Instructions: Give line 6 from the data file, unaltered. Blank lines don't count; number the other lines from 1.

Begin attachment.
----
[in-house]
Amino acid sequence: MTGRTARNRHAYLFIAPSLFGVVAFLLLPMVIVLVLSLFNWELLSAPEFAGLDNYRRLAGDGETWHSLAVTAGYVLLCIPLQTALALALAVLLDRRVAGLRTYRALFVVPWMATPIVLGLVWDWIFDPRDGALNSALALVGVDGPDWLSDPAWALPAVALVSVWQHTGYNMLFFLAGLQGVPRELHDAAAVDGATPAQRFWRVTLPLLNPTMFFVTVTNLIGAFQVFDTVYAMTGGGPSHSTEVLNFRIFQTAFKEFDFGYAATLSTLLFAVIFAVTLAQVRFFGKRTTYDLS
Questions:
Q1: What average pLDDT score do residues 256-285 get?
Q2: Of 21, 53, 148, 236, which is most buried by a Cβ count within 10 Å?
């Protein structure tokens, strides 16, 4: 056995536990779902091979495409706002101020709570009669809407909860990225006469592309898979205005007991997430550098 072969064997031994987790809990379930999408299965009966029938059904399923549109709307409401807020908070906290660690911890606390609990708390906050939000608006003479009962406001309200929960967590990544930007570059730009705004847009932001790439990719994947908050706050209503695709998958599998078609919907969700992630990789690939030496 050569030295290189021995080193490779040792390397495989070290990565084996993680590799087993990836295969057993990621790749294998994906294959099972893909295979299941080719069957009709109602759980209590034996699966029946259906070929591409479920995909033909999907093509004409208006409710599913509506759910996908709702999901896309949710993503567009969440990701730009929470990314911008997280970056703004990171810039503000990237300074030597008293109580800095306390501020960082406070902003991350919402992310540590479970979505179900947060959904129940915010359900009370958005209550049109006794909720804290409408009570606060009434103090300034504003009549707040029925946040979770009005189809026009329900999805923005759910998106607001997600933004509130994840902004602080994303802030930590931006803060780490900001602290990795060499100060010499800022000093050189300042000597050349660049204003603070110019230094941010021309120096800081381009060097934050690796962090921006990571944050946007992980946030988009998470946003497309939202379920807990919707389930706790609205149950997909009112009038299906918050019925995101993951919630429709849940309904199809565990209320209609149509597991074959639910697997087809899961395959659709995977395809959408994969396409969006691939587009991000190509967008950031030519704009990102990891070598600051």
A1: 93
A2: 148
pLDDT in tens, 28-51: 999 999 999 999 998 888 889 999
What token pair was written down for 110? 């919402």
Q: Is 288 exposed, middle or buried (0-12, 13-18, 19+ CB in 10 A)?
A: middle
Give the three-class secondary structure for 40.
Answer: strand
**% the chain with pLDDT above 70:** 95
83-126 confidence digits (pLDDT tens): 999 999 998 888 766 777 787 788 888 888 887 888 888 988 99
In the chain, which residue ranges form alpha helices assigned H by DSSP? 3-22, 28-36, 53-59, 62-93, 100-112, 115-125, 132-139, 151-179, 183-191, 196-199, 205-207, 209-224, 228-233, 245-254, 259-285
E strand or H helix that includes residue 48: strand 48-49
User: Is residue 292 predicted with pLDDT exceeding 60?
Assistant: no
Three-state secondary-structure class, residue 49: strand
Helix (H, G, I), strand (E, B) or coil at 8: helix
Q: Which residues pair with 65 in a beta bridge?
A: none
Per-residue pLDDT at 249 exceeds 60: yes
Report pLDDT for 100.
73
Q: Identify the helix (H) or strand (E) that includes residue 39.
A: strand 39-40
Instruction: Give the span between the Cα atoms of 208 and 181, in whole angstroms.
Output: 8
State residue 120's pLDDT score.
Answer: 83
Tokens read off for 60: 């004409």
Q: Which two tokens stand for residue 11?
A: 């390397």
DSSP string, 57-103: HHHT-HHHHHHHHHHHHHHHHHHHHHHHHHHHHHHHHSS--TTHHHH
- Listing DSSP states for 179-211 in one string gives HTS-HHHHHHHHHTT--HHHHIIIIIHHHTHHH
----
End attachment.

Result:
């Protein structure tokens, strides 16, 4: 056995536990779902091979495409706002101020709570009669809407909860990225006469592309898979205005007991997430550098 072969064997031994987790809990379930999408299965009966029938059904399923549109709307409401807020908070906290660690911890606390609990708390906050939000608006003479009962406001309200929960967590990544930007570059730009705004847009932001790439990719994947908050706050209503695709998958599998078609919907969700992630990789690939030496 050569030295290189021995080193490779040792390397495989070290990565084996993680590799087993990836295969057993990621790749294998994906294959099972893909295979299941080719069957009709109602759980209590034996699966029946259906070929591409479920995909033909999907093509004409208006409710599913509506759910996908709702999901896309949710993503567009969440990701730009929470990314911008997280970056703004990171810039503000990237300074030597008293109580800095306390501020960082406070902003991350919402992310540590479970979505179900947060959904129940915010359900009370958005209550049109006794909720804290409408009570606060009434103090300034504003009549707040029925946040979770009005189809026009329900999805923005759910998106607001997600933004509130994840902004602080994303802030930590931006803060780490900001602290990795060499100060010499800022000093050189300042000597050349660049204003603070110019230094941010021309120096800081381009060097934050690796962090921006990571944050946007992980946030988009998470946003497309939202379920807990919707389930706790609205149950997909009112009038299906918050019925995101993951919630429709849940309904199809565990209320209609149509597991074959639910697997087809899961395959659709995977395809959408994969396409969006691939587009991000190509967008950031030519704009990102990891070598600051």